A Nation of Suggestions

The immigration debate moves to the U.S. Supreme Court on Wednesday in a challenge to the Arizona law that punishes employers who knowingly hire illegal workers. Court watchers expect that this action will signal how the court might handle the more expansive Arizona immigration enforcement law SB1070.

The governator of California, Arnold Schwarzenegger turned down a commencement address in Arizona last May because “with his accent, he was afraid they would try to deport him back to Austria.”

I suggested then that we should, perhaps, boycott Los Angeles since that whole city had lined up to encourage blatantly illegal behavior.

Arizona’s law requires employers to verify the eligibility of new workers through a federal database. Arizonans hoped it would shrink their status as the center of immigrant smuggling.

“Immigrants can’t ‘steal jobs’ nobody else wants,” my friend Lido “Lee” Bruhl suggested. “If it weren’t for the guest workers, all those jobs would go to Mexico or someplace else overseas.”


“And don’t even get me started on the so-called ‘economic burden’ of immigrants,” he continued. “The reverse is actually true. They receive less health care, less welfare, less public schooling than our own downtrodden do. Immigration actually improves economic conditions, because those so-called ‘illegal’ immigrants spend money on the same things everybody else does.”

Yeppers. Like coyotes. And sending money back to the economy of Mexico.

Um, Lee? Hello, Lee? Earth to Lee?

Congress has jinkered with how aliens may cross the border and with immigration policy since the Naturalization Act of 1790. Back then, only “free white persons” of “good moral character” could become naturalized. Fortunately for them, most of today’s Congressmen are native born. Congress increased the residency requirement to five years in 1795, a requirement remains the law of the land to this day.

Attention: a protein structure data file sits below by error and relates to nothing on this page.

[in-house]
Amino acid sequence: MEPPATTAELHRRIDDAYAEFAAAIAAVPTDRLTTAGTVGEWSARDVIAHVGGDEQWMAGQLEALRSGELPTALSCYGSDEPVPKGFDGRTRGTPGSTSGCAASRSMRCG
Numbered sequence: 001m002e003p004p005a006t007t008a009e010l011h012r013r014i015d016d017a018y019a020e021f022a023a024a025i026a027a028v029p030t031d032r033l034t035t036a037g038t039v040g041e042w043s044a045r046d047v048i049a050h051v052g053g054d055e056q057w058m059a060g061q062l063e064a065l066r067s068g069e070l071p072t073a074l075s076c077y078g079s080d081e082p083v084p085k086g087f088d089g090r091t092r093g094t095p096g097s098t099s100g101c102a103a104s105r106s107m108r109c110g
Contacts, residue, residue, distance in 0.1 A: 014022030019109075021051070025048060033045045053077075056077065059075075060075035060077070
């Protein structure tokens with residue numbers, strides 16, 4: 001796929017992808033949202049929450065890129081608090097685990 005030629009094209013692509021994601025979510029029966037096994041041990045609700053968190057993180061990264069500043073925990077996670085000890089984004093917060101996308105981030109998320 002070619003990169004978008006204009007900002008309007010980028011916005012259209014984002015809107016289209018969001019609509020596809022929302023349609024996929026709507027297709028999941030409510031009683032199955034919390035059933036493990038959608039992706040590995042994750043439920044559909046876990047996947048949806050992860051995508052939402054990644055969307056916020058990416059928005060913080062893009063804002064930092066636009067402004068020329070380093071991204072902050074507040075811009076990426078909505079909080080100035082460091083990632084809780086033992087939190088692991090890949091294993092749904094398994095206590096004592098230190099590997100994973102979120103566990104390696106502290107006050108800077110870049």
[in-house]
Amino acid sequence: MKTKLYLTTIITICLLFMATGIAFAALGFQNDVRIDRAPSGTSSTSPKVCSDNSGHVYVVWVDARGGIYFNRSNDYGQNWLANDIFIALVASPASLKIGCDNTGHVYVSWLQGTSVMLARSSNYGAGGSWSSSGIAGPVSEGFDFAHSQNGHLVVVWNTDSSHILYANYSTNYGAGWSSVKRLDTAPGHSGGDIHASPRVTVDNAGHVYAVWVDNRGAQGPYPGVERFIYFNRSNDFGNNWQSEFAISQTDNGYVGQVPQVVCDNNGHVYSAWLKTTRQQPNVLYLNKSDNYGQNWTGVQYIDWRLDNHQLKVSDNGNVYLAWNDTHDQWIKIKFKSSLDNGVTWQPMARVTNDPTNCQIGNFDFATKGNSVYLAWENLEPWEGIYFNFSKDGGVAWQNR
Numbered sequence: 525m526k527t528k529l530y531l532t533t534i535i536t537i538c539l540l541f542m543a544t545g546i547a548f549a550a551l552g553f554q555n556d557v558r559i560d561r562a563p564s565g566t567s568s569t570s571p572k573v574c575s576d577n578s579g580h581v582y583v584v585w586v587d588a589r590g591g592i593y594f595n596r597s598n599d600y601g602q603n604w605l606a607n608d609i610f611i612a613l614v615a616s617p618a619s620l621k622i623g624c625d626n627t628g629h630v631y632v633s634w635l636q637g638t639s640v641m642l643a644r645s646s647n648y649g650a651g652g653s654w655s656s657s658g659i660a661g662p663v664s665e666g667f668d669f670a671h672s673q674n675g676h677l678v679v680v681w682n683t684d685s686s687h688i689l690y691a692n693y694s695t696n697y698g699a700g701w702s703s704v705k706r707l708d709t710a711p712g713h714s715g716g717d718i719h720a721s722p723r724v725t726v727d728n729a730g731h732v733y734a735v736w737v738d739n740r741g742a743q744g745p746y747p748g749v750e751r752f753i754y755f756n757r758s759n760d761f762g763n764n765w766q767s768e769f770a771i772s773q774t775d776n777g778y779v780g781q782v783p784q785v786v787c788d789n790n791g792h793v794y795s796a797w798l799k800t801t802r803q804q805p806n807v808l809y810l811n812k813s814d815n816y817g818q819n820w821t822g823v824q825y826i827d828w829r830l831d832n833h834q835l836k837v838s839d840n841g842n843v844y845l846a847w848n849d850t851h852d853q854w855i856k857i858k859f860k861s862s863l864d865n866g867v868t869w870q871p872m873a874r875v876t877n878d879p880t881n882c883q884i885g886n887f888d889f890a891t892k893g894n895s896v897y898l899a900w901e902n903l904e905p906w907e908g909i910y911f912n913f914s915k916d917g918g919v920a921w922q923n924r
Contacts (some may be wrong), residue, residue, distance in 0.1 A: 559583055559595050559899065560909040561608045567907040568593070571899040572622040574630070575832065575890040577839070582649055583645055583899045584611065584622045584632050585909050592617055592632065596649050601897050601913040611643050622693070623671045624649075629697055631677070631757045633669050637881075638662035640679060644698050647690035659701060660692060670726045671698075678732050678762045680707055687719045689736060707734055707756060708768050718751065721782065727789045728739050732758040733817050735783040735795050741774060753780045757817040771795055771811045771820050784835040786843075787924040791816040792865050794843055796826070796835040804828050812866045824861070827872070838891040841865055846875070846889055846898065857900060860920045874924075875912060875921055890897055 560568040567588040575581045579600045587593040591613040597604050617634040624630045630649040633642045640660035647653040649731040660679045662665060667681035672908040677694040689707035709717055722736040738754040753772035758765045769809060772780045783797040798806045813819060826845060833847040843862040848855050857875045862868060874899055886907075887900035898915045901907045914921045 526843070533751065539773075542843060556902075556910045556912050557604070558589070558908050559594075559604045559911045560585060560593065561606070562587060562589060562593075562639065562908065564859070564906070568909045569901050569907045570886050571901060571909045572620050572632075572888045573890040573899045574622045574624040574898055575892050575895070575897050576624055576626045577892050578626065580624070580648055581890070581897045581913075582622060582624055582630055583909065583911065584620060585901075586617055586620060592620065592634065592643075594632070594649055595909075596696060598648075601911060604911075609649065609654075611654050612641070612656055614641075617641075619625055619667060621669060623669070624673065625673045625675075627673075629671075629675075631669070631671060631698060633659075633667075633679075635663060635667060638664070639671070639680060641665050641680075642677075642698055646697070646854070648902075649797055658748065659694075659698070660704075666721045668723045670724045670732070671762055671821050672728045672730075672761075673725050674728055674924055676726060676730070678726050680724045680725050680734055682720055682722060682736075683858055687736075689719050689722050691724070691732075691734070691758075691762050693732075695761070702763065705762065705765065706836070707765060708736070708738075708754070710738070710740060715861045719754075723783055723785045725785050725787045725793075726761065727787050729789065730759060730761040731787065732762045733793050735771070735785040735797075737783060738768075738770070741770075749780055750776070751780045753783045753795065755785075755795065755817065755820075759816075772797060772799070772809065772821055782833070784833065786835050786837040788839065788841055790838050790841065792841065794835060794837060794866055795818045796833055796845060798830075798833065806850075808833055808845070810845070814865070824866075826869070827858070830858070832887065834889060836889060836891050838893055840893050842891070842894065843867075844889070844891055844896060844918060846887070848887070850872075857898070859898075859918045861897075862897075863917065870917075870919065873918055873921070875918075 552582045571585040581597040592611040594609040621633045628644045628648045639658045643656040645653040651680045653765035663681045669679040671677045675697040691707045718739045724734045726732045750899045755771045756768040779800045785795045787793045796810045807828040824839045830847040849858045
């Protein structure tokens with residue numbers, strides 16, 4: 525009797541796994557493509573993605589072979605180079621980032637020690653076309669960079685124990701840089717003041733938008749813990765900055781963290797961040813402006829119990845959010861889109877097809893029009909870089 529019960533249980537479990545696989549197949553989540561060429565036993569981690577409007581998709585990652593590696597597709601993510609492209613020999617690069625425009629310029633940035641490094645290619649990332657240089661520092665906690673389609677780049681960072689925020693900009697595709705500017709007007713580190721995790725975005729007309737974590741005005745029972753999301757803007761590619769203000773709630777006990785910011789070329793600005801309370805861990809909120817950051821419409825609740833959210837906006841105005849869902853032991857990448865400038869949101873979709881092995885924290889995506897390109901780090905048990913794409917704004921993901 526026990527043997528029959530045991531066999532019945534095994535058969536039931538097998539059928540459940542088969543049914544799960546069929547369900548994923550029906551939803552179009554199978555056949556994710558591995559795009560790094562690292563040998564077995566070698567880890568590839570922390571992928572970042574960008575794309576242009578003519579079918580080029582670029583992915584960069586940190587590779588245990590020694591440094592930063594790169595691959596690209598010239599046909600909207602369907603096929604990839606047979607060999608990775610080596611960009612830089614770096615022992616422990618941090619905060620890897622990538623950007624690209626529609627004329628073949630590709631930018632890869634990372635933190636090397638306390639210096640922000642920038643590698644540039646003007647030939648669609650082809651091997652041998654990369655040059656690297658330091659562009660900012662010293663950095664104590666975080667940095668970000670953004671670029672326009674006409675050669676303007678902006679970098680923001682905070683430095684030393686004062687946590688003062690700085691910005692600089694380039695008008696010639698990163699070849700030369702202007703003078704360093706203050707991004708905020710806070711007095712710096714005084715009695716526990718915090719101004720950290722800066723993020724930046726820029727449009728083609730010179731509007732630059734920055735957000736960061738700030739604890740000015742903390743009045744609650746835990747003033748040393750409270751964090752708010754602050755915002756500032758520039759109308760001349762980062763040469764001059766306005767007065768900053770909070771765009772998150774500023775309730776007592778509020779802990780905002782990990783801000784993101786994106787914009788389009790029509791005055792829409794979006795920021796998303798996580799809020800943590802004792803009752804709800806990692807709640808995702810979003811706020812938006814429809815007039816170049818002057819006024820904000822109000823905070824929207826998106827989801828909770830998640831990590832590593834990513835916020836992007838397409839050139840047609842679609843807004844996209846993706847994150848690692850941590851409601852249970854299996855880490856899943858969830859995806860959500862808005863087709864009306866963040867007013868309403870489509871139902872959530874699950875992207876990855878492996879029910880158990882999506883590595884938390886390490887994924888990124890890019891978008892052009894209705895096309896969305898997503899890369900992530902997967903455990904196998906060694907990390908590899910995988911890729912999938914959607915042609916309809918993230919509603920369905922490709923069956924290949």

The McCarran-Walter Act of 1952 has been amended many times and is contained in the United States Code as the basic body of immigration law. That law defines who is an alien and delineates the rights, duties, and obligations of aliens in the United States. The alien must establish that he is admissible to the United States as an immigrant. It’s the law.

“That doesn’t matter,” Lee said. “These people are here now.”

Ignorance can be fixed.
Stupidity is forever.

“Our border with Canada is the longest nonmilitarized border in the world,” INS Executive Associate Commissioner Michael A. Pearson told Congress in 1999. “This border, however, is not unmonitored or uncontrolled. The INS maintains 114 Ports-of-Entry (POEs), 8 Border Patrol Sectors, and 44 Patrol stations along the 3,987 miles of border with Canada (excluding Alaska).” The INS maintains another 43 Ports-of-Entry along our 1,969 miles of border with Mexico.

Perhaps Lee would like those Ports of Entry emptied so people guest workers can simply walk across anywhere.

I understand why liberals like Lee don’t geddit.

Laws are only advisory.If your Congress decrees that an evil, dirty, dark business must or a nasty, rich Republican baron must give up property or starve Mexicans by increasing ethanol in gasoline, why then those laws must be enforced.

On the other hand, if the other Congress, the one made up of evil, dirty, dark businesses and nasty, rich Republican barons decrees that crossing the border is illegal, why those laws are safe to ignore.

By George, I geddit now.